Suddenly, sniffing the air, he was drawn by the aroma of food cooking – to be honest, it smelt more like it was burning, but his empty stomach grumbled in response and he set off in that direction, his quivering snout raised, following the scent like a bloodhound on the trail of its prey. Spotting an open doorway through which clouds of steam, or more likely smoke, were billowing, he slipped inside. Crikey, he could barely see where he was going!
Stifling a cough, and with the smoke stinging his eyes, he moved cautiously forward, still drawn hungrily towards the food, however incinerated it might be. He was halfway across the room when an infuriated bellow stopped him in his tracks.
‘Pestis! Furcifer! – Pest! Scoundrel! – Get out of here at once!’
Max turned to face the source of the shouting, quaking as he saw an extremely plump man, leaping up and down, waving a wooden spoon, his face puce with anger and his lively black curls bouncing in all directions like the snakes on the head of Medusa.
But as the large cat revolved to face this scary apparition, he was alarmed to hear a scream burst from the man’s lips and Max watched, bemused, as the cook sprinted out of the room.
‘Help! Help! There’s a lion in the kitchen!’ yelled the cook, running this way and that, clearly in a state of panic.
A lion? thought Max. Crikey, I don’t fancy bumping into one of those – that dog outside was bad enough! Peering through the smoke, he made a dash for a table in the corner and took refuge beneath it, his heart beating fast. He hoped the lion hadn’t spotted him.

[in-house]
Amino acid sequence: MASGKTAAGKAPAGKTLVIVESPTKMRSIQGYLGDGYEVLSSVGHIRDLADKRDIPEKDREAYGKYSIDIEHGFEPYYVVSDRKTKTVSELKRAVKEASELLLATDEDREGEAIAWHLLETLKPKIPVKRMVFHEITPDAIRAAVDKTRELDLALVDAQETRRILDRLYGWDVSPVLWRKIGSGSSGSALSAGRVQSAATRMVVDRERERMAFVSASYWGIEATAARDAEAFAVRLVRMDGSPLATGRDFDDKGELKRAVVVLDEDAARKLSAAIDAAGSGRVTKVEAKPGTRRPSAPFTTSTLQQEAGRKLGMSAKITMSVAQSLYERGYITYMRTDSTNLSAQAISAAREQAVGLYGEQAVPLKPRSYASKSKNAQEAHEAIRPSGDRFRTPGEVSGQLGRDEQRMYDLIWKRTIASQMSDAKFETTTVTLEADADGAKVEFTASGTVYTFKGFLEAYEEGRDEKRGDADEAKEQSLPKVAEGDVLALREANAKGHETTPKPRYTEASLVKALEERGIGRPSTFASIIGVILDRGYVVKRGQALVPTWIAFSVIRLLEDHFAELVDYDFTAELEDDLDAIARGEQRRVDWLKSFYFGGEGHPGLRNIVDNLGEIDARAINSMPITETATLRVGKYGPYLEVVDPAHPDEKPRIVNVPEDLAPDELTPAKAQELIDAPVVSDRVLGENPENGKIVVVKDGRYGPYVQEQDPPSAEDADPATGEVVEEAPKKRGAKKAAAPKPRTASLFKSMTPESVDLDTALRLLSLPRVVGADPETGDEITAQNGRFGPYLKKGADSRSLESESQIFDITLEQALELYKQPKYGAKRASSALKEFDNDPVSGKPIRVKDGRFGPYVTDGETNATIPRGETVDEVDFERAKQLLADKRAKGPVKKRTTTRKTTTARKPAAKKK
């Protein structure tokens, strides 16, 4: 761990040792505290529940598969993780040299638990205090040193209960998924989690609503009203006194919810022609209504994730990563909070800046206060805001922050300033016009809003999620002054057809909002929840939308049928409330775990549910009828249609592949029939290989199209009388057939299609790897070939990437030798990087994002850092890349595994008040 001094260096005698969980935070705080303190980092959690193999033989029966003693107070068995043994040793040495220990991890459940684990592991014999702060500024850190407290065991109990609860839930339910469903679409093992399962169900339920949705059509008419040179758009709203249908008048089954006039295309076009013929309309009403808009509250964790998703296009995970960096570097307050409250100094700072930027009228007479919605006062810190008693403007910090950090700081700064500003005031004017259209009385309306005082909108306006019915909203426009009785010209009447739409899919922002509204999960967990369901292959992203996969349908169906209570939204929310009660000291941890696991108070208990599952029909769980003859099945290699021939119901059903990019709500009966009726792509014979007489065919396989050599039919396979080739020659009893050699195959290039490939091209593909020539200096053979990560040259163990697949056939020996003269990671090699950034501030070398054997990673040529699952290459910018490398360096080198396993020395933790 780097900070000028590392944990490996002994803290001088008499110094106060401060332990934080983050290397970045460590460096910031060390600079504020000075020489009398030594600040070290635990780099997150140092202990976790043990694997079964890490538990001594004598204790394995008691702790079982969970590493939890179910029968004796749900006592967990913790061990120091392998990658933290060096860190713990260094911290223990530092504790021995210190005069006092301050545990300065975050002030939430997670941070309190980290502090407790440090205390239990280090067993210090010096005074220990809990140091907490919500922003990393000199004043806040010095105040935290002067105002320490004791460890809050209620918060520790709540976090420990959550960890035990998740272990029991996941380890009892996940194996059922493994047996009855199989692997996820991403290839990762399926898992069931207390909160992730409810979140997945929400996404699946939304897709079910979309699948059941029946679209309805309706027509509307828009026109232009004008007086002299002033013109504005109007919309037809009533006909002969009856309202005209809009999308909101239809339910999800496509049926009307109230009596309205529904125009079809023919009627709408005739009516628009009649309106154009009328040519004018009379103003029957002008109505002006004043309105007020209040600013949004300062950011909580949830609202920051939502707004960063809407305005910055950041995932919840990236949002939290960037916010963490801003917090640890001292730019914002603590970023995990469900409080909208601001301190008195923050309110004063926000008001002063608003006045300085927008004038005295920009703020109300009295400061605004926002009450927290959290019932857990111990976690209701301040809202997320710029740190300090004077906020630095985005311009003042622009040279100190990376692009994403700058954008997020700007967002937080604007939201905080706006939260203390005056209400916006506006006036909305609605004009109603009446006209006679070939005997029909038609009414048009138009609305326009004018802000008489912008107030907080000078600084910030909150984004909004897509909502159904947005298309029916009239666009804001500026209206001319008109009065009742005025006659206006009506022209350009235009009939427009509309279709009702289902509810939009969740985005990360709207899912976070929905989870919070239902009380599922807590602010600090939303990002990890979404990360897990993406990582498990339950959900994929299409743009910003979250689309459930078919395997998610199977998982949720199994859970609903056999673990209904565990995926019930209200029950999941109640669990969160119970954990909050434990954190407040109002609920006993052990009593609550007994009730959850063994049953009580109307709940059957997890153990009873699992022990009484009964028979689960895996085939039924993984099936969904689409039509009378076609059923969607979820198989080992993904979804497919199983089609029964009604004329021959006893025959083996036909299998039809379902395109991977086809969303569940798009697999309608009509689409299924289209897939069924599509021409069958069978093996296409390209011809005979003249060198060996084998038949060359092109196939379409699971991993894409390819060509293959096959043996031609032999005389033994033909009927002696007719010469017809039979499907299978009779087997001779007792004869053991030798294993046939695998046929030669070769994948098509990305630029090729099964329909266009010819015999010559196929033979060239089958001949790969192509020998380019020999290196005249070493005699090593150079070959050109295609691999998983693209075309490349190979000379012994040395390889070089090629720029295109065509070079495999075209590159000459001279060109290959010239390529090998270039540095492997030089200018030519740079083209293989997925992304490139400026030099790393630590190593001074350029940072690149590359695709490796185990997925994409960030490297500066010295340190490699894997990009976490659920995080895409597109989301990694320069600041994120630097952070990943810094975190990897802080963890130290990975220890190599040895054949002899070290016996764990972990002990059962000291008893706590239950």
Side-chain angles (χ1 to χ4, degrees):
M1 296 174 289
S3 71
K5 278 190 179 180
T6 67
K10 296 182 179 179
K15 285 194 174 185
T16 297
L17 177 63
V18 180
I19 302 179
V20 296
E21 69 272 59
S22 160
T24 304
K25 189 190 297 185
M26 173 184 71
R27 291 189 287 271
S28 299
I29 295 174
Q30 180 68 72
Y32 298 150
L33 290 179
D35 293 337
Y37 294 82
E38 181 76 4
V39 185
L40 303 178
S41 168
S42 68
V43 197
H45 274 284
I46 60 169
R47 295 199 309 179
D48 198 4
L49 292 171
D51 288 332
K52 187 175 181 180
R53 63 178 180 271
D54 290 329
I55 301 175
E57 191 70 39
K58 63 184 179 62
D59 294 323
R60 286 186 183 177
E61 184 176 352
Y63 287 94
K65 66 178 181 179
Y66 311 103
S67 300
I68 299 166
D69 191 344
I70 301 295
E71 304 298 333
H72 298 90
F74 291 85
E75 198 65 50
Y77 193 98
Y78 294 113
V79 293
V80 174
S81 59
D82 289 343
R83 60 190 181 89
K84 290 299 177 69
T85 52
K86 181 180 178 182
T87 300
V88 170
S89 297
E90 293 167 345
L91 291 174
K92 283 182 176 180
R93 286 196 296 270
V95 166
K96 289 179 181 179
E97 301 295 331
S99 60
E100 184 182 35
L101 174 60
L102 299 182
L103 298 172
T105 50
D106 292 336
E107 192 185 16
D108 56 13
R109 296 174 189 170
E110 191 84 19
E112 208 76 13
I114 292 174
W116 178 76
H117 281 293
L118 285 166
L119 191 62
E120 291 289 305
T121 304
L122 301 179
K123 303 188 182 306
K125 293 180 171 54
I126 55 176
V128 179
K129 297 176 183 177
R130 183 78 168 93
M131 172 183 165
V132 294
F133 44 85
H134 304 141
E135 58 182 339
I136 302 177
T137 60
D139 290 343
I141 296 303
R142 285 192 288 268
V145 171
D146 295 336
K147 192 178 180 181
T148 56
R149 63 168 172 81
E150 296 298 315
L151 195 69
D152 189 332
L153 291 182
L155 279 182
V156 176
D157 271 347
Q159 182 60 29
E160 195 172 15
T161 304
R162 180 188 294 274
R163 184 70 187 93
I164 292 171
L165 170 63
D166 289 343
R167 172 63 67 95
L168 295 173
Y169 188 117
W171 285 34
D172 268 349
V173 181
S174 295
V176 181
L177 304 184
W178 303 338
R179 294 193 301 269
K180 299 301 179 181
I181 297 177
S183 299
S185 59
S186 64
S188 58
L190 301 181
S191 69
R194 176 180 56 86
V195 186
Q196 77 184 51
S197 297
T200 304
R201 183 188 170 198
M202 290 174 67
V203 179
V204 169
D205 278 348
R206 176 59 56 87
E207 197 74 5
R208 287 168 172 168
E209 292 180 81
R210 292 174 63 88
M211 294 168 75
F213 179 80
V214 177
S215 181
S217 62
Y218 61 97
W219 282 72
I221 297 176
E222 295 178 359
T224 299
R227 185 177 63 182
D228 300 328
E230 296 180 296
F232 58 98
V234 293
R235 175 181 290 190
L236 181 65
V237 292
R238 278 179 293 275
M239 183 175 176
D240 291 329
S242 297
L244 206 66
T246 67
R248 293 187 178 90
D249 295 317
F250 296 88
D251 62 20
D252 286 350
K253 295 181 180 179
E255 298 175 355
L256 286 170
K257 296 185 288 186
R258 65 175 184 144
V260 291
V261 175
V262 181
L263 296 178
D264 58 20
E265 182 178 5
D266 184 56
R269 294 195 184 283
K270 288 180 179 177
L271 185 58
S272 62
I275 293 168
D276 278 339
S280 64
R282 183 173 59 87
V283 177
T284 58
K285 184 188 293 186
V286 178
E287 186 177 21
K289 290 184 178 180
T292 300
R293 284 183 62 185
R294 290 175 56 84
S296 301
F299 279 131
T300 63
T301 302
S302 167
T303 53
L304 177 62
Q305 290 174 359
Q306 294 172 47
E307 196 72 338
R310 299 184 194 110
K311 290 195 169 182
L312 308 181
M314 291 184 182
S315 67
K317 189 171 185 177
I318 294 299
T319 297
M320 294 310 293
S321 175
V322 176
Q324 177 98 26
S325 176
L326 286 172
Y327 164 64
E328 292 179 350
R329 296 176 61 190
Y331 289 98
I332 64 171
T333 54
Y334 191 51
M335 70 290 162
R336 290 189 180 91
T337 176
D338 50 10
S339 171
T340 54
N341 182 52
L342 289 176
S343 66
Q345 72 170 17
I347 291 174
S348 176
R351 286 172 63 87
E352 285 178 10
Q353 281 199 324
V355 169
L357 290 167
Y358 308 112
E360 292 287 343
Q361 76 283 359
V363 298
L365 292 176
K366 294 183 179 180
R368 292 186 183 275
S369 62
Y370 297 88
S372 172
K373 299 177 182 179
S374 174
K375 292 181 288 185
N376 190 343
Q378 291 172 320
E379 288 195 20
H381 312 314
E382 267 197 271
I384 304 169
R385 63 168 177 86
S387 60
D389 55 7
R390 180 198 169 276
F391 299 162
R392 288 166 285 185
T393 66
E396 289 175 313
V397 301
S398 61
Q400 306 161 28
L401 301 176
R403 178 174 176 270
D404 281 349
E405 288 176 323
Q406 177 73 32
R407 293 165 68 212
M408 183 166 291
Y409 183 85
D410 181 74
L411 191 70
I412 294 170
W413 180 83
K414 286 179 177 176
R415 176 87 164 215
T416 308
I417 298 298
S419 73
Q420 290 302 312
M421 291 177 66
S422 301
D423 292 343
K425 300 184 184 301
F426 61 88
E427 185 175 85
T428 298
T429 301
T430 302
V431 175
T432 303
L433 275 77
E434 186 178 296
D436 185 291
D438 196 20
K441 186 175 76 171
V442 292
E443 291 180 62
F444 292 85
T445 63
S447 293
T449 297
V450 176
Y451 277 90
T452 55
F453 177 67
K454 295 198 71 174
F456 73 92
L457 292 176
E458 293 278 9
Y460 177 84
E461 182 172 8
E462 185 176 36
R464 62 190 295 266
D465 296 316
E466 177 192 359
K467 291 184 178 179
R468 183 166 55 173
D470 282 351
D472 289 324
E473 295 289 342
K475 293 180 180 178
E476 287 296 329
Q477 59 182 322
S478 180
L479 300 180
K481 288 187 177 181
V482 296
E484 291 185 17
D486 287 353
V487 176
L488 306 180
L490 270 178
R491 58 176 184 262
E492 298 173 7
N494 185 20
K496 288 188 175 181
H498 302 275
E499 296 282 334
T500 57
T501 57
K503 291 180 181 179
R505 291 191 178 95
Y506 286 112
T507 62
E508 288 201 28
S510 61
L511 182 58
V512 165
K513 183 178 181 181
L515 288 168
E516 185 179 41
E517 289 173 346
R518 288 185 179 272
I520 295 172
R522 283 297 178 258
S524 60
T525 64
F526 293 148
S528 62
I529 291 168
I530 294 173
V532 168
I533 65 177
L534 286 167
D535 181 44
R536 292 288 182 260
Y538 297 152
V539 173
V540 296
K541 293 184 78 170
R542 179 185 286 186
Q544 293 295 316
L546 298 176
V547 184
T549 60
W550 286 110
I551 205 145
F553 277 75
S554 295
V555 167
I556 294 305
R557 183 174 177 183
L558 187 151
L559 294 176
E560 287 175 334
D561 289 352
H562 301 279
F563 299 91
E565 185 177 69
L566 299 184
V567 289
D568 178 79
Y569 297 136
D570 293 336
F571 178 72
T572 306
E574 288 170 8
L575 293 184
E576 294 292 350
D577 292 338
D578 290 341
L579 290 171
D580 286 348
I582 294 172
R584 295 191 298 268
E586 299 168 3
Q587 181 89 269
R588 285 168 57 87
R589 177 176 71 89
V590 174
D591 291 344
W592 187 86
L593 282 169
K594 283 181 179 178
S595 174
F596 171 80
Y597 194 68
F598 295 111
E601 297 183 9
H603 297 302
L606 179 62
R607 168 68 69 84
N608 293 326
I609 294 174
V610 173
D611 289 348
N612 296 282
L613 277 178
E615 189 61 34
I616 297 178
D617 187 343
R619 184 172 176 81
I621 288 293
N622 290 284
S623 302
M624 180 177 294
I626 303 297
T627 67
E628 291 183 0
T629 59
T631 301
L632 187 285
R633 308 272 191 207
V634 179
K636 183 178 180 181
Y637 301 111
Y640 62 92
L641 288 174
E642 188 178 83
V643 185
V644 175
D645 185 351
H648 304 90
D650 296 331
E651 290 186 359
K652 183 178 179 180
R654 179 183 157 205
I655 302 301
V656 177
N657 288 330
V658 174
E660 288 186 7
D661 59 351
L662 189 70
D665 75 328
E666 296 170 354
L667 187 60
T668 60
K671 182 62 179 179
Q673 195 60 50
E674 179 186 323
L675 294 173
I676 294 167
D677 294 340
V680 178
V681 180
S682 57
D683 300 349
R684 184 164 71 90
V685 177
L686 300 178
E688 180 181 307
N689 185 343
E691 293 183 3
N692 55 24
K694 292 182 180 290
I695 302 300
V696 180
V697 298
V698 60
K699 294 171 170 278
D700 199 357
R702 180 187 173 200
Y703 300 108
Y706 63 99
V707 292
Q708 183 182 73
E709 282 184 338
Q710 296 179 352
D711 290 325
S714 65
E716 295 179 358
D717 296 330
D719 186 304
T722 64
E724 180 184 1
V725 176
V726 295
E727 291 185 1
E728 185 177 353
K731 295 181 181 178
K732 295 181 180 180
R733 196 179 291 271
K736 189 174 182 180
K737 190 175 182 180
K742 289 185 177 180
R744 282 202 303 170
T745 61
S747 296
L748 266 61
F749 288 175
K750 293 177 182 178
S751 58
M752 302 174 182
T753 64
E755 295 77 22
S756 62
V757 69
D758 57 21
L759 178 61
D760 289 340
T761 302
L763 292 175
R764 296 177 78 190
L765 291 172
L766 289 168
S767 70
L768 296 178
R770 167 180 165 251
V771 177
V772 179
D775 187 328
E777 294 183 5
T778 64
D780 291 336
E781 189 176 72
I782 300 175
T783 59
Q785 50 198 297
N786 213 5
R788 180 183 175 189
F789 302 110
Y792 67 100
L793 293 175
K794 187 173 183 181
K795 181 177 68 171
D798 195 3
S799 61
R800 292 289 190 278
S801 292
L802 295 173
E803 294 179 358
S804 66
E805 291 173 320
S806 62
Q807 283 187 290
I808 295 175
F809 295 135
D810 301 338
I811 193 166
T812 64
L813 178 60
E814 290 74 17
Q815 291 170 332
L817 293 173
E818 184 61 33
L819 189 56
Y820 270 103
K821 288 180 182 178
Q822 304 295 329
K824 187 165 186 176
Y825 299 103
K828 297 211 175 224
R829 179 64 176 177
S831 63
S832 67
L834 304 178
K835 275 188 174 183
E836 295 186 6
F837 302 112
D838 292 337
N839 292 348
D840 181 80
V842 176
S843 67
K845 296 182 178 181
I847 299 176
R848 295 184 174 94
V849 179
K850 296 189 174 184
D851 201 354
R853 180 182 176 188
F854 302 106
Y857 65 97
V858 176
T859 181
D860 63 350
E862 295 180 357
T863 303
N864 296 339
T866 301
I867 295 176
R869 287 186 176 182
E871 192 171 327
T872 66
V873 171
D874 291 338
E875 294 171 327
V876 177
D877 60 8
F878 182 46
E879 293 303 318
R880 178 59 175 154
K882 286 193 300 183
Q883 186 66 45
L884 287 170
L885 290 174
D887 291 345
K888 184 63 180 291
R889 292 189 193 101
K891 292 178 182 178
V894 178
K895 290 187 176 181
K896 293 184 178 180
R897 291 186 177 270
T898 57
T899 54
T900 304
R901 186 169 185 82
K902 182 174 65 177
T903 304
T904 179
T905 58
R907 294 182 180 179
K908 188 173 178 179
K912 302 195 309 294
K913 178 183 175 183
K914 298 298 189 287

Then his ears pricked up. Surely that was a voice he recognised?
‘What’s wrong, Grassus?’
‘Oh no, Gemina. Don’t go in there. It’s too dangerous,’ wailed the cook, still hopping about in the corridor, eyes wide in panic.
‘But the mistress has sent me down to ask you for a plate of fruit,’ said Jemima.
‘I’m s-sorry, you can’t go into the kitchen and nor can I. There’s a l-l-lion in there and it’s … ENORMOUS! Go and fetch help right away. Find Sabinus – he’ll know what to do.’
Jemima stared at the cook in disbelief. ‘A lion? Don’t be silly! How could a lion get inside this house?’
‘It might have escaped from the amphitheatre…’
‘I think you must be imagining things, Grassus,’ said Jemima, wondering if he’d been at the cooking wine.
‘B-but I saw it,’ insisted the cook. ‘Huge and pale-coloured. It suddenly loomed up out of the smoke and was about to spring on me. I thought I was a goner. It was obviously sizing me up as its next meal.’
Hmm, thought Jemima. Grassus would probably have enough meat on him to provide several meals … even for a hungry lion. And she started to giggle.
‘It’s no laughing matter,’ he continued, his voice quavering.
‘Calm down, Grassus. I have an idea,’ she replied thoughtfully. The unexpected presence of a huge, pale-coloured feline in the kitchen had set her thinking. Maybe, just maybe … ‘Wait there. I’m going to take a quick look at this lion of yours.’
‘Are you mad?’ he squawked, grabbing her arm to hold her back. ‘It’ll have you – and you’re just a slip of a thing, no more than a snack. Once it’s tasted human flesh, it’ll come out looking for me.’
‘I promise you I’ll be fine, Grassus. I think I may have come across this particular “lion” before.’ The cook stared at her, incomprehension and disbelief mingling with the expression of panic on his face. Before he could say anything else she slipped from his grasp and stepped cautiously through the doorway. The smoke made it difficult to see anything, so she called out quietly, ‘Are you in here, Max? Where are you?’
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